Wednesday, November 08, 2017

Wednesday, November 08, 2017 10:58 am by Cristina in , , , , , , , ,    No comments
Keighley News has further info on the public toilets saga in Haworth:
The Brontë Parsonage Museum is looking into building its own public toilets, but it is understood that if these are developed they would only be for museum visitors. (Miran Rahman)
Daily Nation (Kenya) interviews 'Kenyan poet, radio playwright, editor, translator, critic and educator' Kariuki wa Nyamu:
Most unforgettable character from a book? Jane Eyre from the novel Jane Eyre by Charlotte Brontë! Goodness me! I’ll never forget her horrid experience in the red-room when she was locked up for countering John Reed! John hit her with a book, making her collapse and bleed! According to Master John, Jane’s fault was picking a book from the shelves without his permission and hiding to read it behind the curtains.
Jane’s words to John still ring in my ears, “Wicked and cruel boy! You are like a murderer! You are like a slave driver!” I can’t forget her lonely journey from Gateshead! The cold nights and all sorts of hardships at Lowood School!
I felt compassion for Jane as if she were a real little girl known to me… If she were a real character, and I’m sure she’s all grown now, I’d marry her, not for sympathy but for her heroism. (Gloria Mwaniga)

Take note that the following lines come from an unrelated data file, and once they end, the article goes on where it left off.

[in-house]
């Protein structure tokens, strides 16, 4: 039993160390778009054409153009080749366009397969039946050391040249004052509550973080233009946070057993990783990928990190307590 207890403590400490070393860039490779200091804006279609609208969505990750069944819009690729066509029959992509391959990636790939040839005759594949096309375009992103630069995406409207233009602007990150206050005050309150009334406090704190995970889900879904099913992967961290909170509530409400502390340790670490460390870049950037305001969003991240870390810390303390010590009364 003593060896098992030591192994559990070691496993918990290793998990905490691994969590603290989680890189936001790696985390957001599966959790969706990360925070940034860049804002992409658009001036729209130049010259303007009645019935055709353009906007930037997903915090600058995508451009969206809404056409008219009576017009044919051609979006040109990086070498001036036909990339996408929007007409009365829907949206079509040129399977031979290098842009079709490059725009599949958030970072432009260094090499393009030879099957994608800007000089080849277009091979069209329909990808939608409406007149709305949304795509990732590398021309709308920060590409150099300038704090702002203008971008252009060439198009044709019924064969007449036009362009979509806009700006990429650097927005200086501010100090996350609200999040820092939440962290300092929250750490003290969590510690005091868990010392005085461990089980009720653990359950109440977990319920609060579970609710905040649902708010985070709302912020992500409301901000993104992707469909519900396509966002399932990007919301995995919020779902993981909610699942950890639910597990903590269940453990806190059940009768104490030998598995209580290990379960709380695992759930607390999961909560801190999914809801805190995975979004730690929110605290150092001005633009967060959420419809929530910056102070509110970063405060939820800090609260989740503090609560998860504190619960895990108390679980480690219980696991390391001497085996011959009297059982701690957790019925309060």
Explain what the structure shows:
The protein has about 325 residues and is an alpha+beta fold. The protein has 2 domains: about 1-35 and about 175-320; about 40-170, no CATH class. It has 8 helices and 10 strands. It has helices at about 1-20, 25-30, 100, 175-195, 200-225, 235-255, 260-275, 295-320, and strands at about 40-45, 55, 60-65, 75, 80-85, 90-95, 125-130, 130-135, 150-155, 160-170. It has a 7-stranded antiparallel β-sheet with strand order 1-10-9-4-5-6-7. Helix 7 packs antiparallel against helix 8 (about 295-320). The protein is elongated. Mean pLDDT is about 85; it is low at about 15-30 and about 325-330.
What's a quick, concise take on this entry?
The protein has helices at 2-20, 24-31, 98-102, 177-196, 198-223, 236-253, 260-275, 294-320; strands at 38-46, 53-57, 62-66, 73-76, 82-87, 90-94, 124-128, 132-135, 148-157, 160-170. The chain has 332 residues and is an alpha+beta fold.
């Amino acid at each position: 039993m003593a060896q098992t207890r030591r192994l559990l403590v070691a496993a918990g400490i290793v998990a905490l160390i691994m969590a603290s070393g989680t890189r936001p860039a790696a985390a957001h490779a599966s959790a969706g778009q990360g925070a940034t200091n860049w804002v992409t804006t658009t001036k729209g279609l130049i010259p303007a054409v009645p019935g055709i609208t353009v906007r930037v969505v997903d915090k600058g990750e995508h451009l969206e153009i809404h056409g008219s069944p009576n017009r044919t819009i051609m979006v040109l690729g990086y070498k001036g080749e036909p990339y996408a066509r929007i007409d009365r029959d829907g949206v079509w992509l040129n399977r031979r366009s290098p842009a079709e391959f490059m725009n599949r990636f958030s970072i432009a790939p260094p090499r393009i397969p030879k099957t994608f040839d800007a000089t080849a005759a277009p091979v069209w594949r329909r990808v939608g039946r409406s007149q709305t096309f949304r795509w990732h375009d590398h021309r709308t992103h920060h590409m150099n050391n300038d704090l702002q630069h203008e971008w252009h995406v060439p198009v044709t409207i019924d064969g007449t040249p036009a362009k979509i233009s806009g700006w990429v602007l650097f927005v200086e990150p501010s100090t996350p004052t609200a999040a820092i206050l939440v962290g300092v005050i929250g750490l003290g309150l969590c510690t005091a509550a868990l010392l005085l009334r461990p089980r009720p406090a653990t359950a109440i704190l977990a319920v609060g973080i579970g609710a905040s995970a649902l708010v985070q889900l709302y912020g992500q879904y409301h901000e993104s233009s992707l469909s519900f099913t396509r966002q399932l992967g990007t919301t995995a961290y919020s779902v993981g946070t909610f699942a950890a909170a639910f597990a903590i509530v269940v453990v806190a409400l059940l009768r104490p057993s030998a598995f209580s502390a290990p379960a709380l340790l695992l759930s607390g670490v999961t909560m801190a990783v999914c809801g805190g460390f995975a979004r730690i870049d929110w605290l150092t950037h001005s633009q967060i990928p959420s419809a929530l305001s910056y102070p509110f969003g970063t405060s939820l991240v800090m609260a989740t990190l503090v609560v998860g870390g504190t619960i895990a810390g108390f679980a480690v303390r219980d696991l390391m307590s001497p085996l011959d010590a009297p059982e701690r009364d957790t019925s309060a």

Badische Zeitung (Germany) interviews jazz singer Lisette Spinnler, who has set two poems by Emily Brontë to music.
BZ: Neben Ihren eigenen Texten haben Sie zwei Poems von Emily Brontë vertont. Was zieht Sie so an bei dieser englischen Dichterin des 19. Jahrhunderts?
Spinnler: Ihr Bezug zur Natur, der fasziniert mich ganz besonders, denn ich selbst bin sehr naturbezogen aufgewachsen. Während andere Party gemacht haben, bin ich als Teenager stundenlang allein im Wald unterwegs gewesen. Doch dieser dunkle Zugang, den Brontë hatte, ist eigentlich in mir nicht so drin. Melancholie habe ich erst später erfahren, als eine Melancholie der Schönheit, als Ruhepol und nicht als Traurigkeit. Ich hatte zum Glück noch nie Depressionen, ich habe das Sonnen-Gen geerbt! (Stefan Franzen) (Translation)
OZY has selected some 'great graphic novels by women' on 'teens, shape-shifters and ghosts' such as
Jane, the Fox, and Me by Fanny Britt, illustrated by Isabelle Arsenault
In this book, set in the minefield that is middle school with all its attendant social terrorism and body-shaming, an insecure preteen girl named Hélène finds solace in Brontë’s Jane Eyre, (who doesn’t?) and escapes into a world of mysterious foxes, fellow “misfits” and perhaps even a little self-confidence. Arsenault’s mixed-media drawings creatively render what is real and what exists merely in Hélène’s mind. (Lisa Brown)
Rebecca Fraser has a new book (The Mayflower. The Families, the Voyage, and the Founding of America) and a couple of sites - Macmillan and New Books Network) publish a short profile mentioning both her Charlotte Brontë biography and her years as President of the Brontë Society.


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